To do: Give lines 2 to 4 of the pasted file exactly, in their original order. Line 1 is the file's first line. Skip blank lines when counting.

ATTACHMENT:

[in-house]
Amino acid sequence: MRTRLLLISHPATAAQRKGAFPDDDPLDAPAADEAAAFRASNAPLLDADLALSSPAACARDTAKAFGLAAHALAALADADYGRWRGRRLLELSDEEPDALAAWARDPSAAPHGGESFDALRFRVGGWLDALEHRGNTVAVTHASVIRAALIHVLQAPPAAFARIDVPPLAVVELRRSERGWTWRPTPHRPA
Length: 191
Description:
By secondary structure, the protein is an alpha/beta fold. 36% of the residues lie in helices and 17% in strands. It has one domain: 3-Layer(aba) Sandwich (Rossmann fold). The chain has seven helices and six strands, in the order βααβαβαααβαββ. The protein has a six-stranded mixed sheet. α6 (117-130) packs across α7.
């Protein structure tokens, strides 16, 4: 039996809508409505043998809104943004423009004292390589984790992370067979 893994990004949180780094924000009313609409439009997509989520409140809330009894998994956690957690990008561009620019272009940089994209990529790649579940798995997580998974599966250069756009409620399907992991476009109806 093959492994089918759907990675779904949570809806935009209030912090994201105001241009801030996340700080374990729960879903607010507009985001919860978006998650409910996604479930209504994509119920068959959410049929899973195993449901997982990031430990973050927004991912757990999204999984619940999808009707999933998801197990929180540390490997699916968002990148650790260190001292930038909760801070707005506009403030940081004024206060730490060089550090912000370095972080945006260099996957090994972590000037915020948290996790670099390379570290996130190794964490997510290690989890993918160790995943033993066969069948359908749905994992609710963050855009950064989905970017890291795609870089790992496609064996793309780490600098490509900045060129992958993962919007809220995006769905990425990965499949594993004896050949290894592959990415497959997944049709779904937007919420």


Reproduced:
Amino acid sequence: MRTRLLLISHPATAAQRKGAFPDDDPLDAPAADEAAAFRASNAPLLDADLALSSPAACARDTAKAFGLAAHALAALADADYGRWRGRRLLELSDEEPDALAAWARDPSAAPHGGESFDALRFRVGGWLDALEHRGNTVAVTHASVIRAALIHVLQAPPAAFARIDVPPLAVVELRRSERGWTWRPTPHRPA
Length: 191
Description: